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Archive for Lisa Carling

Clay Aiken – This Is Inclusion At Its Best

Have you ever heard of the Theatre Development Fund?  If you are a Clay Aiken fan or someone who has had the opportunity to attend a show on Broadway, you probably know more about the organization than you think you do.  The most visual project that they have is running the TKTS Discount Booths.  These booths offer tickets to Broadway and Off-Broadway musicals and plays at up to 50% off.

The Theatre Development Fund is the largest not-for-profit service organization for the performing arts in the United States.  It was established in 1968 to foster works of artistic merit by supporting new productions and to broaden the audience for live theatre and dance. For almost 50 years, TDF has played a unique role in strengthening the performing arts in New York City. TDF’s programs have:

  • Filled 87 million theatre seats
  • Provided subsidy support to over 900 plays, including 30 Pulitzer Prize honorees
  • Returned over $2.4 billion to thousands of productions.

On October 2, 2011, TDF Accessibility Program launched the Autism Theatre Initiative that makes theatre accessible to children and adults on the autism spectrum, as well as their families. The first autism-friendly performance of a Broadway show was Disney’s landmark musical “The Lion King”.

This up-coming Sunday, March 8, the matinee performance of Disney’s Tony Award-winning musical, Aladdin at the New Amsterdam Theatre, will complete the fourth season of autism-friendly performances presented by TDF’s Autism Theatre Initiative (ATI).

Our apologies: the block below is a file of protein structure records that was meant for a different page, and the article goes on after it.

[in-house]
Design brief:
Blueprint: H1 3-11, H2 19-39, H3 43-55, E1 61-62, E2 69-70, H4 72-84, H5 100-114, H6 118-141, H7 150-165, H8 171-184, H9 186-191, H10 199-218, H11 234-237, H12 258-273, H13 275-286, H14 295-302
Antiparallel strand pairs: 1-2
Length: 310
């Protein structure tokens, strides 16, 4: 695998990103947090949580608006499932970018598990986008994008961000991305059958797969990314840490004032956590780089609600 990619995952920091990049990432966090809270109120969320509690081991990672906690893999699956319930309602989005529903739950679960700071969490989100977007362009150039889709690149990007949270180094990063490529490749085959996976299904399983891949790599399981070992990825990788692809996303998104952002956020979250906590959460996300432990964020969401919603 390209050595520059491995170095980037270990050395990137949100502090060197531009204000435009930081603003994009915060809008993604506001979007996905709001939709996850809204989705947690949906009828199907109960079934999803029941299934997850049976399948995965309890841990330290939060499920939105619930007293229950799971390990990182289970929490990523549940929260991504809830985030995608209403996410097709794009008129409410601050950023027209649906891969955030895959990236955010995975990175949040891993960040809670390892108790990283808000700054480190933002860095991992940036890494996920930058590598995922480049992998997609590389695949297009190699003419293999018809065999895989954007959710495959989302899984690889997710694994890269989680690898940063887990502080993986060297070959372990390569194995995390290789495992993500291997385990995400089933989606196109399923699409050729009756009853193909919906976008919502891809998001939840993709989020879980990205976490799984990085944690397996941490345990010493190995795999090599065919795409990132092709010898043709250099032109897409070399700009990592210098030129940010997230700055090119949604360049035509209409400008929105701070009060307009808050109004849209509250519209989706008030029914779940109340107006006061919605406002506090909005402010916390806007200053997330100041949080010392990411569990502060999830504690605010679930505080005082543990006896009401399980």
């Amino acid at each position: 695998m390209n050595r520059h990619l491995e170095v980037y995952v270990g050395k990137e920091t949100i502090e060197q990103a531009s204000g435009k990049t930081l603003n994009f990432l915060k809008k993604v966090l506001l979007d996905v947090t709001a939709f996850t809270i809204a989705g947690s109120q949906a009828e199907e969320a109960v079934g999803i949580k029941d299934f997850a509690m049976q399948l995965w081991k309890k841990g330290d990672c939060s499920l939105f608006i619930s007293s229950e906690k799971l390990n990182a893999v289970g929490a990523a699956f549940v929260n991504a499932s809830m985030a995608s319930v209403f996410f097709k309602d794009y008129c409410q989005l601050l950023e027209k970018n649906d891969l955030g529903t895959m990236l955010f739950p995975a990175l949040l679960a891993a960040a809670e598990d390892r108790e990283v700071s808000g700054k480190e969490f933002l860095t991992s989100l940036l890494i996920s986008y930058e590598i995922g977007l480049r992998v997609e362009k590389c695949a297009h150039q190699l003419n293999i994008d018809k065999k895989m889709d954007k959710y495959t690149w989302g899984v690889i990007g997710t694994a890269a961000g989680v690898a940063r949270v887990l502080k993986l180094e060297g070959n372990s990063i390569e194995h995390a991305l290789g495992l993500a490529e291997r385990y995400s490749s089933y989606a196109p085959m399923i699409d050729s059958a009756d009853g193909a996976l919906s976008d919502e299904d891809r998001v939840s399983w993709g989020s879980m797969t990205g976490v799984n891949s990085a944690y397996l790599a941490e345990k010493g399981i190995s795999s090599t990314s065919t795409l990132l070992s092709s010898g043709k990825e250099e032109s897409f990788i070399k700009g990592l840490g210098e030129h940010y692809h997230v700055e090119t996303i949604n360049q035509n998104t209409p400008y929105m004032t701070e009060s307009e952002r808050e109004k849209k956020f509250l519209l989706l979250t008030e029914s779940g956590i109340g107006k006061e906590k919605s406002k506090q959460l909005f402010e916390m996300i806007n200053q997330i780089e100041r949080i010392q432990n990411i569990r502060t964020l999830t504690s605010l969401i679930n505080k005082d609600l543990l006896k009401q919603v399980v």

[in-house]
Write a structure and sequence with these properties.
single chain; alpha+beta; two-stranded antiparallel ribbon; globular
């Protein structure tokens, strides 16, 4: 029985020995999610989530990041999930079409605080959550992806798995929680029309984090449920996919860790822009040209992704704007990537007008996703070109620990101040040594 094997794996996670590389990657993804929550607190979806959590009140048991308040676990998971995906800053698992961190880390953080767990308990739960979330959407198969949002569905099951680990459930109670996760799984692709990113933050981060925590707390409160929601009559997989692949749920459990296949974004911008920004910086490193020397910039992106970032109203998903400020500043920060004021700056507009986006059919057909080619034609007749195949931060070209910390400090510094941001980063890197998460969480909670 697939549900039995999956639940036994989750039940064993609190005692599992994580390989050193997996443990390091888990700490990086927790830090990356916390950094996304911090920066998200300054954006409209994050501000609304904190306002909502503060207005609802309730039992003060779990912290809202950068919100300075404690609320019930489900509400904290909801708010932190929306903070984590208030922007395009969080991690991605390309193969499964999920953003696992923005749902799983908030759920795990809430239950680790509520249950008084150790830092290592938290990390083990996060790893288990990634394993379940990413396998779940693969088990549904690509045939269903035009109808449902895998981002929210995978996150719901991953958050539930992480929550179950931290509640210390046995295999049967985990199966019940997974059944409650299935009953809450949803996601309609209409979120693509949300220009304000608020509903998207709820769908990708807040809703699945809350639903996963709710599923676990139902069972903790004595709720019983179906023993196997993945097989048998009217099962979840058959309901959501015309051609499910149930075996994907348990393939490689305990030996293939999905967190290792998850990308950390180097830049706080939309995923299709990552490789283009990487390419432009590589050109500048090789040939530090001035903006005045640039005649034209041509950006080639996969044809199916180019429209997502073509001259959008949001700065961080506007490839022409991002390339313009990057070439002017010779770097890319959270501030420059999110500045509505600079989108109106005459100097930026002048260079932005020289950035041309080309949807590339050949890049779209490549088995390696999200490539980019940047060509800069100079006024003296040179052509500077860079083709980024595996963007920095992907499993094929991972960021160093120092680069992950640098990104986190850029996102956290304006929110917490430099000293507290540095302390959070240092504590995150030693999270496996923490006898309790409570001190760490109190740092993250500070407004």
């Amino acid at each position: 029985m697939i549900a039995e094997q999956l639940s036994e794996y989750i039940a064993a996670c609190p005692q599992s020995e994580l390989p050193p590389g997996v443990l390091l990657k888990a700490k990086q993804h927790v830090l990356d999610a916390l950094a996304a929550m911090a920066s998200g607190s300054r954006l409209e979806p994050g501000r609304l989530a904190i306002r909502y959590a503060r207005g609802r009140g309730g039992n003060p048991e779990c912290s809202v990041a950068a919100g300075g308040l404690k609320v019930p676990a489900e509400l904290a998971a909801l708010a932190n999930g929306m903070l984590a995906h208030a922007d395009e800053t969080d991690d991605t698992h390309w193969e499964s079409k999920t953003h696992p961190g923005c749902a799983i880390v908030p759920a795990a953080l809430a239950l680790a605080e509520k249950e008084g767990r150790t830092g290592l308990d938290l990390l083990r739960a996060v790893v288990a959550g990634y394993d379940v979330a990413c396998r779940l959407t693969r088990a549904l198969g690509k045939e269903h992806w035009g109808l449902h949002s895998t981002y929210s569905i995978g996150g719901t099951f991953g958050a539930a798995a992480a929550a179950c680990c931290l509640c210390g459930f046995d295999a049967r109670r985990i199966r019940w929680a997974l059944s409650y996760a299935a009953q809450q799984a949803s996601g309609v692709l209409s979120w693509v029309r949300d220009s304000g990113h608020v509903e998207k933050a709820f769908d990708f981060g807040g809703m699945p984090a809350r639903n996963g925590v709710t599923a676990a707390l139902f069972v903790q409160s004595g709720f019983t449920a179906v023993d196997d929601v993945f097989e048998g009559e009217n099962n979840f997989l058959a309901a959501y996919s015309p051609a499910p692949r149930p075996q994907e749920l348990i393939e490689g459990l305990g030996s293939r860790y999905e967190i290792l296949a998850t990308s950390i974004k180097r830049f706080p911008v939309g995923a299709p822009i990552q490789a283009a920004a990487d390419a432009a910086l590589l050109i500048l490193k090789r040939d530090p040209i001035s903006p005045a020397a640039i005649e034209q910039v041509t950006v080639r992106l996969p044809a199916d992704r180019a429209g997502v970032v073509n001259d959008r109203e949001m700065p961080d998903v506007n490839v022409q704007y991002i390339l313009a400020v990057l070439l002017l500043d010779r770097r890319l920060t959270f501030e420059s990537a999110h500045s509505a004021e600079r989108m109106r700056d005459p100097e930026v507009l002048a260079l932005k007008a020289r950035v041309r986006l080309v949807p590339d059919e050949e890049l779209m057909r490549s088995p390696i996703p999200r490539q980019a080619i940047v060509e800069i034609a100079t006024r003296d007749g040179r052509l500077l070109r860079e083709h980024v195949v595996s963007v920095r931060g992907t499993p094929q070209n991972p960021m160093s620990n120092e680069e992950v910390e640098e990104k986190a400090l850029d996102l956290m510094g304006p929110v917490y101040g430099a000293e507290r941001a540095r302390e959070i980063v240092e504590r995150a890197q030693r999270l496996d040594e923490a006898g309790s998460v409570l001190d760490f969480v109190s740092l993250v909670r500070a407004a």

According to TDF:

When we put this performance of Aladdin on sale, it sold out in record time, less than five hours. In addition to illustrating how popular the show is, it highlights the need these families have to attend live theatre in a safe and supportive environment. We’re excited about what the fifth season will bring.

The company of Aladdin and a panel of autism experts collaborated on ways to slightly modify the show to make sure autistic children did not have negative reactions to loud or sudden sound or light cues. The volume in the opening number and other scenes, including the sound of a roar, was turned down. All strobe lights and lighting that panned into the house were cut. The sound and light reductions were done electronically so that neither the actors nor the orchestra had to tone down their performances.

Off stage, there will be small activity and quiet areas set up in the lobby for children who need a break from the show.  Volunteers from local autism organizations will be on hand to offer assistance. The house manager of the theatre has asked the pedicab drivers who park outside the theatre to refrain from ringing their bike bells.

Lisa Carling is the Director of Accessibility Programs at TDF. She said:

Disney Theatrical Productions was instrumental in helping us develop this program for people on the autism spectrum

Congratulations to all the people involved in the up-coming event at Aladdin.  The show is a sell-out and I am sure that everyone in the audience will be thrilled with the experience.

Oh Dear!!  No mention of Clay Aiken in this article. 

I would imagine that Clay is proud that his friends and colleagues will participate in this wonderful project. 

This is Inclusion at its best!

I had some wonderful pictures of Aladdin that I planned to include in the article…
But, Photobucket stopped working for me. It’s been over an hour so I will post without them.  I will add them as soon as it is working!
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